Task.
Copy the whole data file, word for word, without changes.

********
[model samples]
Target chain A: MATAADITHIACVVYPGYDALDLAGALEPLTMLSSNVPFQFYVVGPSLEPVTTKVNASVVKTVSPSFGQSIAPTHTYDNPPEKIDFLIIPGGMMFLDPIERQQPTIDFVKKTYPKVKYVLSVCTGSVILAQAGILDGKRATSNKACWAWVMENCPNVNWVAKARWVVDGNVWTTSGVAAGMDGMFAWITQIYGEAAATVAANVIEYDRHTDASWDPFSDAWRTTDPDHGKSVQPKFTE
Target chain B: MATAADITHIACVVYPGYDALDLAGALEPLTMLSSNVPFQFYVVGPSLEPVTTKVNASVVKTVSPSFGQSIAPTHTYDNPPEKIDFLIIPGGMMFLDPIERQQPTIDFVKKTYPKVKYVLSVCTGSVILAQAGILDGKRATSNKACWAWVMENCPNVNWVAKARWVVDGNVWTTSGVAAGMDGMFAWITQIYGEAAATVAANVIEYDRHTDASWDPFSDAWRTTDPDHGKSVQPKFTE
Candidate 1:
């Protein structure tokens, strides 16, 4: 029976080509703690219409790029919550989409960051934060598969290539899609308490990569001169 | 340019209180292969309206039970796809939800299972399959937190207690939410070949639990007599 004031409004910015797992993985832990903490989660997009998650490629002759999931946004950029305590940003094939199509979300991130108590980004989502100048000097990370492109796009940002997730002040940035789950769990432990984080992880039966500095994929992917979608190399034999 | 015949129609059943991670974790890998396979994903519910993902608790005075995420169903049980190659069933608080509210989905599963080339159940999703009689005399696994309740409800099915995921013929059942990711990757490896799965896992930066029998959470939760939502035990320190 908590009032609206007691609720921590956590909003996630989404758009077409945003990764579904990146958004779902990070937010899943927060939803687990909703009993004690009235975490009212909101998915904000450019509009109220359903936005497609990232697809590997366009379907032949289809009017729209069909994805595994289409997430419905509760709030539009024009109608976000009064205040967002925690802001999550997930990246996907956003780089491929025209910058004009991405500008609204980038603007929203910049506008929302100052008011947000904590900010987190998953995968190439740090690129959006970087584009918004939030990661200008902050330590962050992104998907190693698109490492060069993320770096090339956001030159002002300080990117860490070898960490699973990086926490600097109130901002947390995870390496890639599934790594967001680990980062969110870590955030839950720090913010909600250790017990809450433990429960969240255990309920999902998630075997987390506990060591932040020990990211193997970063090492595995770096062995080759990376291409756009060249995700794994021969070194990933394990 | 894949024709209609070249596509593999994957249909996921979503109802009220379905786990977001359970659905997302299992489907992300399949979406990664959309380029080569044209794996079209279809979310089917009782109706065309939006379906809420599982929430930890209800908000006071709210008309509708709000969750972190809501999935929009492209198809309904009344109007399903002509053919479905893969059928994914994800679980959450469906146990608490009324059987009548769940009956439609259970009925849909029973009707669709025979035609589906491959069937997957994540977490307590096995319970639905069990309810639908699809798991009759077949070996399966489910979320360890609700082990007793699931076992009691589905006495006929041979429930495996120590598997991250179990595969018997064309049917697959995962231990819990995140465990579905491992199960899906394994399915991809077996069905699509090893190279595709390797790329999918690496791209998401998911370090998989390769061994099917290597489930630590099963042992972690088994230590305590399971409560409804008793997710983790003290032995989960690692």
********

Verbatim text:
[model samples]
Target chain A: MATAADITHIACVVYPGYDALDLAGALEPLTMLSSNVPFQFYVVGPSLEPVTTKVNASVVKTVSPSFGQSIAPTHTYDNPPEKIDFLIIPGGMMFLDPIERQQPTIDFVKKTYPKVKYVLSVCTGSVILAQAGILDGKRATSNKACWAWVMENCPNVNWVAKARWVVDGNVWTTSGVAAGMDGMFAWITQIYGEAAATVAANVIEYDRHTDASWDPFSDAWRTTDPDHGKSVQPKFTE
Target chain B: MATAADITHIACVVYPGYDALDLAGALEPLTMLSSNVPFQFYVVGPSLEPVTTKVNASVVKTVSPSFGQSIAPTHTYDNPPEKIDFLIIPGGMMFLDPIERQQPTIDFVKKTYPKVKYVLSVCTGSVILAQAGILDGKRATSNKACWAWVMENCPNVNWVAKARWVVDGNVWTTSGVAAGMDGMFAWITQIYGEAAATVAANVIEYDRHTDASWDPFSDAWRTTDPDHGKSVQPKFTE
Candidate 1:
């Protein structure tokens, strides 16, 4: 029976080509703690219409790029919550989409960051934060598969290539899609308490990569001169 | 340019209180292969309206039970796809939800299972399959937190207690939410070949639990007599 004031409004910015797992993985832990903490989660997009998650490629002759999931946004950029305590940003094939199509979300991130108590980004989502100048000097990370492109796009940002997730002040940035789950769990432990984080992880039966500095994929992917979608190399034999 | 015949129609059943991670974790890998396979994903519910993902608790005075995420169903049980190659069933608080509210989905599963080339159940999703009689005399696994309740409800099915995921013929059942990711990757490896799965896992930066029998959470939760939502035990320190 908590009032609206007691609720921590956590909003996630989404758009077409945003990764579904990146958004779902990070937010899943927060939803687990909703009993004690009235975490009212909101998915904000450019509009109220359903936005497609990232697809590997366009379907032949289809009017729209069909994805595994289409997430419905509760709030539009024009109608976000009064205040967002925690802001999550997930990246996907956003780089491929025209910058004009991405500008609204980038603007929203910049506008929302100052008011947000904590900010987190998953995968190439740090690129959006970087584009918004939030990661200008902050330590962050992104998907190693698109490492060069993320770096090339956001030159002002300080990117860490070898960490699973990086926490600097109130901002947390995870390496890639599934790594967001680990980062969110870590955030839950720090913010909600250790017990809450433990429960969240255990309920999902998630075997987390506990060591932040020990990211193997970063090492595995770096062995080759990376291409756009060249995700794994021969070194990933394990 | 894949024709209609070249596509593999994957249909996921979503109802009220379905786990977001359970659905997302299992489907992300399949979406990664959309380029080569044209794996079209279809979310089917009782109706065309939006379906809420599982929430930890209800908000006071709210008309509708709000969750972190809501999935929009492209198809309904009344109007399903002509053919479905893969059928994914994800679980959450469906146990608490009324059987009548769940009956439609259970009925849909029973009707669709025979035609589906491959069937997957994540977490307590096995319970639905069990309810639908699809798991009759077949070996399966489910979320360890609700082990007793699931076992009691589905006495006929041979429930495996120590598997991250179990595969018997064309049917697959995962231990819990995140465990579905491992199960899906394994399915991809077996069905699509090893190279595709390797790329999918690496791209998401998911370090998989390769061994099917290597489930630590099963042992972690088994230590305590399971409560409804008793997710983790003290032995989960690692």